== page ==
The latest from Eric's blog
Fresh posts, best read in a comfortable chair with a wee dram of scotch close at hand.
MG was great at celebrating. On 27 May 1971 George Turnbull, Austin Rover MD saw this Blaze GT off the line. It was given away as a National Sweepstake prize in America the following September. Posed alongside Old Number One, Cecil Kimber’s pioneer trials car of 1925 the MGB went on to half a million, but nine years later the factory was shut. British Leyland thought sports cars passé. Mazda decided otherwise and on 22 April 2016 broke its own Guinness World Record with its millionth MX-5. Its newest goes on sale in September. Classics do survive. MG Classics book 3.
McLaren hasn’t won a Grand Prix for six years. Vandoorne was a lap down in twelfth and Alonso didn’t finish at Monza. 1968 was the year of Bruce McLaren’s first win in his own new McLaren car, at Spa. My race report is a 50th anniversary tribute to one of Formula 1 racing’s best men.
Pin-ups were a bit naff. Trendy people tried to make statements through books or pictures of a different sort. I liked precise, geometrical framed prints with an engineering quality. No perspective, just careful detailing and exactitude. Hugh Evelyn prints I thought masterpieces. Beautifully reproduced, I used one in our MG Classics Book 2 1945-1965 to illustrate the transition from the TB of the 1930s to TC with which production resumed in October 1945.
The best MG for picnicking with the dog was probably the post 1931 Magna. At the time Cecil Kimber’s ambitions to challenge Bentley were flagging. The big 18/80 wasn’t selling and in only its second year the Midget was still a bit of a gamble. Kimber had to find something in between and Morris Engines was making a dinky little 6-cylinder for Wolseley that he could squeeze into a Midget. He didn’t much like the connection with staid old Wolseley so the cylinder dimensions were faked and steel plates fixed on the crankcase to cover it up.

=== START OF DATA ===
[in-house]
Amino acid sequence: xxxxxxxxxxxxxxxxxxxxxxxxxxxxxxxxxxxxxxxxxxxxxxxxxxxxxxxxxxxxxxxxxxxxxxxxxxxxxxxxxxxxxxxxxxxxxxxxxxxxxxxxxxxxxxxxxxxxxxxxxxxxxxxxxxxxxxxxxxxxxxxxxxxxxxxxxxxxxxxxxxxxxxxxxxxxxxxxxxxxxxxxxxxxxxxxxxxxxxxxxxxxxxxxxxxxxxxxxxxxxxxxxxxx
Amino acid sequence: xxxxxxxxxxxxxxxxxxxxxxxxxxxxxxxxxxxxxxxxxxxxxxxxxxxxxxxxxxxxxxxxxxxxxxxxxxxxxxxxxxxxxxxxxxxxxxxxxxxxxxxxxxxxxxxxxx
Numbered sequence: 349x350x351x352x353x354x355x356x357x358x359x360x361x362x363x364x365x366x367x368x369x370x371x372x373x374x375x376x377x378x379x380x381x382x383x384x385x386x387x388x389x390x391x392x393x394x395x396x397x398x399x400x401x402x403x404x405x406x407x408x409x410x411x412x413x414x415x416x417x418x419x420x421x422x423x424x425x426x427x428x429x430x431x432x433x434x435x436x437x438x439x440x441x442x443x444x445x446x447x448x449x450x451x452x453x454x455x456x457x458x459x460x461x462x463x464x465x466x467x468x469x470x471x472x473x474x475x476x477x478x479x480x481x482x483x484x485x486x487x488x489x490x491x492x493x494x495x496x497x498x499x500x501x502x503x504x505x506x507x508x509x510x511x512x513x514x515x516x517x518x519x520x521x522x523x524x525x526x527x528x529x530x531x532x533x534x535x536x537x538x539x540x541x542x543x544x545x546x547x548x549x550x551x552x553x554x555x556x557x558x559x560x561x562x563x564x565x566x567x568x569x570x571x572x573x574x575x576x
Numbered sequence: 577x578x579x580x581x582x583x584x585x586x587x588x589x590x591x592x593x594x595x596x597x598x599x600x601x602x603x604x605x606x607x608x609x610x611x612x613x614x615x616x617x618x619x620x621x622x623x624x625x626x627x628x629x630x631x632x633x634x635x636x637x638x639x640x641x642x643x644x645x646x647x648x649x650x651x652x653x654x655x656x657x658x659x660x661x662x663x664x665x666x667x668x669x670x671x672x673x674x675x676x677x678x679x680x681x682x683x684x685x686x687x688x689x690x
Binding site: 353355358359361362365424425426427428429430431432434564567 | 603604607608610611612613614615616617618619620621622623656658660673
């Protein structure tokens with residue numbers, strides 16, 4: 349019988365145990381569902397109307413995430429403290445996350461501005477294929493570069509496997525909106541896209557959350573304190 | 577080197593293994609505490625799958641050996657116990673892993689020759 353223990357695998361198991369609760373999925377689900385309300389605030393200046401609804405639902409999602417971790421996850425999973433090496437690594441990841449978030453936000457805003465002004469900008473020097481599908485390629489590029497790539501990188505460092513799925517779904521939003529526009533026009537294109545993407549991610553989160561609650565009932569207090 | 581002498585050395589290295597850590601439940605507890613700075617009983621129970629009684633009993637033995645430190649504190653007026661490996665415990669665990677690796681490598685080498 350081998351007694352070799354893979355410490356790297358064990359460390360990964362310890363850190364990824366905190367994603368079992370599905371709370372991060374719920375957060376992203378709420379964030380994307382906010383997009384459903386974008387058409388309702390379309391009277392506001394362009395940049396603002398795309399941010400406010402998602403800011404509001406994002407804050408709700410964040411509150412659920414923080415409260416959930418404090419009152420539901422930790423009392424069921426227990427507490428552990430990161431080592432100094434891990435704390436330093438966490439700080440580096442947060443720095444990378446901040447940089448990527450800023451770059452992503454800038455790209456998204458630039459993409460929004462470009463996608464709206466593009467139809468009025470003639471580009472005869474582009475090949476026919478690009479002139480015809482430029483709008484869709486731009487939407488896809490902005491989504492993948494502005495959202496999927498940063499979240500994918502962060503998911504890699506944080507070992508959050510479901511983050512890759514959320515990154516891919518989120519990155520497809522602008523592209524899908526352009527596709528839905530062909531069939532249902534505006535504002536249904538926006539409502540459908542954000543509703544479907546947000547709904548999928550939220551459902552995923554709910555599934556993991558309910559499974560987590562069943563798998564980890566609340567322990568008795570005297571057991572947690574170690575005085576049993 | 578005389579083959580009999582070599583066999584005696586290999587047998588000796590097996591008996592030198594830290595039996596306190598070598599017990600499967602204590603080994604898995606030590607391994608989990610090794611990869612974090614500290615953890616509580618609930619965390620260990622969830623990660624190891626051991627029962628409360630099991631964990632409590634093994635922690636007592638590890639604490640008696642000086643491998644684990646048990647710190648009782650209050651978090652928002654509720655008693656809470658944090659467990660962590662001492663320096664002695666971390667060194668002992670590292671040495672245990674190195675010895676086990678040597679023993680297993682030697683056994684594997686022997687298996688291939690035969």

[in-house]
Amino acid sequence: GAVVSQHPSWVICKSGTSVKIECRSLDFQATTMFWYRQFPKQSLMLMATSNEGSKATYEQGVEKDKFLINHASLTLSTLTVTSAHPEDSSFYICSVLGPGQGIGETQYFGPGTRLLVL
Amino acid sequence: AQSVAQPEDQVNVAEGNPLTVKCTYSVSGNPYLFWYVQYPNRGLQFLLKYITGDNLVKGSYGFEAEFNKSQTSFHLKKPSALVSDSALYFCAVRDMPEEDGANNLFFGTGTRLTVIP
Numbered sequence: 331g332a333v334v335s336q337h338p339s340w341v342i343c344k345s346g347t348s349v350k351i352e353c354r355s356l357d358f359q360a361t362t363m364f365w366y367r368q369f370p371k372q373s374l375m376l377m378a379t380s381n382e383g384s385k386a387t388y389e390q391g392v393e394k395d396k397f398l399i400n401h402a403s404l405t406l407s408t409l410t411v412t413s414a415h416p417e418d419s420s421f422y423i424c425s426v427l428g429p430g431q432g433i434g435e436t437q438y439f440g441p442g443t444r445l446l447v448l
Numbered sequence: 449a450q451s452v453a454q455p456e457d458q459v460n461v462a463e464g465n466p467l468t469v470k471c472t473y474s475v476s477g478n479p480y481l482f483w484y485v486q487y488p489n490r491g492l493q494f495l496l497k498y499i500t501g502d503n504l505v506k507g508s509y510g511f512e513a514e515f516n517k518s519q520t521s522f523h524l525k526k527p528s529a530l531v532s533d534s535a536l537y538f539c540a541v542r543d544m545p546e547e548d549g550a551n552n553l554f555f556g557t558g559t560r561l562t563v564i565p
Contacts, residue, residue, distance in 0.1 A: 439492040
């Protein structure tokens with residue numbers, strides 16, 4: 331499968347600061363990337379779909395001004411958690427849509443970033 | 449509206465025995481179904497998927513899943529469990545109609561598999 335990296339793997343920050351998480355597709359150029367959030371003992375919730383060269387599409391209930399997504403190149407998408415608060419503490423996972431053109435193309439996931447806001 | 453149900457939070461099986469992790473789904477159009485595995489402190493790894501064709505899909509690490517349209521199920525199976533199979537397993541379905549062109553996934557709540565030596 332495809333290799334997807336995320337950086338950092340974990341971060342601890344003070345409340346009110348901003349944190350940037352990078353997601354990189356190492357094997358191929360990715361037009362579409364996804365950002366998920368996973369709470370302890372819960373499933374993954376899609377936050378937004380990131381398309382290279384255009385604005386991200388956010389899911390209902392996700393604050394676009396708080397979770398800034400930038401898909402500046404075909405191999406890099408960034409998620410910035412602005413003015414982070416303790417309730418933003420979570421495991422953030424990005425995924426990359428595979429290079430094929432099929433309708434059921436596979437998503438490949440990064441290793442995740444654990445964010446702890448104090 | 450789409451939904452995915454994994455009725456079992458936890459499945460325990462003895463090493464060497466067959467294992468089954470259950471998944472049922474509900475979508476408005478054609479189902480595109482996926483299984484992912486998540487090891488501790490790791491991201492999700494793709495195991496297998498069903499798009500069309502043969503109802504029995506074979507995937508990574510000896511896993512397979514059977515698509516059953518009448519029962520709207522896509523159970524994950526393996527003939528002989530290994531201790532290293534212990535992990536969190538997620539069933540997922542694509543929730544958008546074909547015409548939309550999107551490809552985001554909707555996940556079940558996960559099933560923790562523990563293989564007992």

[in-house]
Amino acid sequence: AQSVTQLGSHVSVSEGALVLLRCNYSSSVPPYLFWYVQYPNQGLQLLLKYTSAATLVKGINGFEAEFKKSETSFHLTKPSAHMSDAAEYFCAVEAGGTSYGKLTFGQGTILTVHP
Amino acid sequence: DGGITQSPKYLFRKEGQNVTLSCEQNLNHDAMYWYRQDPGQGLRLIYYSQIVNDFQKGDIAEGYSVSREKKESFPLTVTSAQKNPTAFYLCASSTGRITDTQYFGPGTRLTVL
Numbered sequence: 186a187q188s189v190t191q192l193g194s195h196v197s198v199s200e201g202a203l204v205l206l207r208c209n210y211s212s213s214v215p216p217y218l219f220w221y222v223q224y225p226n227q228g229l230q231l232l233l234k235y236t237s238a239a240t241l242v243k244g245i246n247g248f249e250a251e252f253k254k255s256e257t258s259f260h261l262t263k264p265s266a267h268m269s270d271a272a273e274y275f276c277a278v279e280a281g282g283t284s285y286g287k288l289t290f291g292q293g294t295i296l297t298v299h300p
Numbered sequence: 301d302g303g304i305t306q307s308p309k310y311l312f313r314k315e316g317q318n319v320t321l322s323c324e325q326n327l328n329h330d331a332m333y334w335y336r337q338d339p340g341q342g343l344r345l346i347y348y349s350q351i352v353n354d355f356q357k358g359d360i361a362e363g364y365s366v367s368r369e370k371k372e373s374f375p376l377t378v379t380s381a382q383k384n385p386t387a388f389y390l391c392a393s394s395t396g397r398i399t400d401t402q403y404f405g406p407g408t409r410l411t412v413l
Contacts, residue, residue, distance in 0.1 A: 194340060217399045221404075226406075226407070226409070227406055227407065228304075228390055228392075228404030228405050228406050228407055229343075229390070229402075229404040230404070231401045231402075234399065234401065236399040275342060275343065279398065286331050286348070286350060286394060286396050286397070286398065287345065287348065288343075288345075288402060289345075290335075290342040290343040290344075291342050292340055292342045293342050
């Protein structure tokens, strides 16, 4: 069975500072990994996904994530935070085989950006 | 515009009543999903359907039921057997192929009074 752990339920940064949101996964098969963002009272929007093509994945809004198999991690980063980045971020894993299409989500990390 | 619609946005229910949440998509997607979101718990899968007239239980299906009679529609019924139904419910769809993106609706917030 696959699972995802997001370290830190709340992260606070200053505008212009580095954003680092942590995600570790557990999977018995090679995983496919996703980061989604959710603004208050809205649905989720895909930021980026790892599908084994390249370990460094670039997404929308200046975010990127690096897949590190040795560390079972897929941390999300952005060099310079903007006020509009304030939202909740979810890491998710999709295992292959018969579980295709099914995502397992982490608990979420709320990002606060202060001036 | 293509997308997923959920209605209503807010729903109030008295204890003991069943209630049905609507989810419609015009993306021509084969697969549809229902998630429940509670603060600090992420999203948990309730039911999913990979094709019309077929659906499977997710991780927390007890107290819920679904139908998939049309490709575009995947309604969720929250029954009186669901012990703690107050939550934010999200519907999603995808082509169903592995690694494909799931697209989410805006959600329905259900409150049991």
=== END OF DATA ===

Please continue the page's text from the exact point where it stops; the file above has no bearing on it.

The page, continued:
Our latest releases and new editions of classic works.
Out of print for twenty years, the 2017 edition of Jim Clark: Tribute to a Champion is newly revised and expanded and completely redesigned in colour throughout. This classic of motor racing celebrates the life and achievements of Jim Clark (1936-1968).
Covers the MGs of 1922-1939 with a detailed history of MG’s foundation by Cecil Kimber and WR Morris, through its struggles in the aftermath of the first world war to its triumphs before the outbreak of the second. Forty-seven distinctive examples of MG are detailed, illustrated and described along with comprehensive specifications.
Covers the MGs of 1945-1965 with a detailed history of MG’s postwar expansion into the export market, development of austerity-era saloons and sedans, and triumphant return to the motor racing track at Le Mans. Forty-one distinctive examples of MG are detailed, illustrated and described along with comprehensive specifications.
Covers the years 1965-2001 and follows the closure of the Abingdon-on-Thames factory in 1980 after the turbulent British Leyland years and the transition to MG-Rover. Despite modest resources MG kept up with the times and met stringent safety and emissions regulations imposed by world markets with landmark cars such as the MGB GT. Thirty-five distinctive examples of MG are detailed, illustrated and described along with comprehensive specifications.
Newly revised and expanded, this complete history of Vauxhall includes great Edwardian sports cars like the 1911 Prince Henry and the 1920s 30-98 up to the 2007 VXR8. Over 170 individual models are fully illustrated, with a 200-word description plus a full technical specification.
The Complete Bentley is the only single volume with an accurate comprehensive model-by-model guide with details, specifications and pictures of every Bentley made. It starts with the notable rotary aero engine of World War I and describes all the collectors’ classics, including a fully-illustrated chronology of the company and its racing since 1919.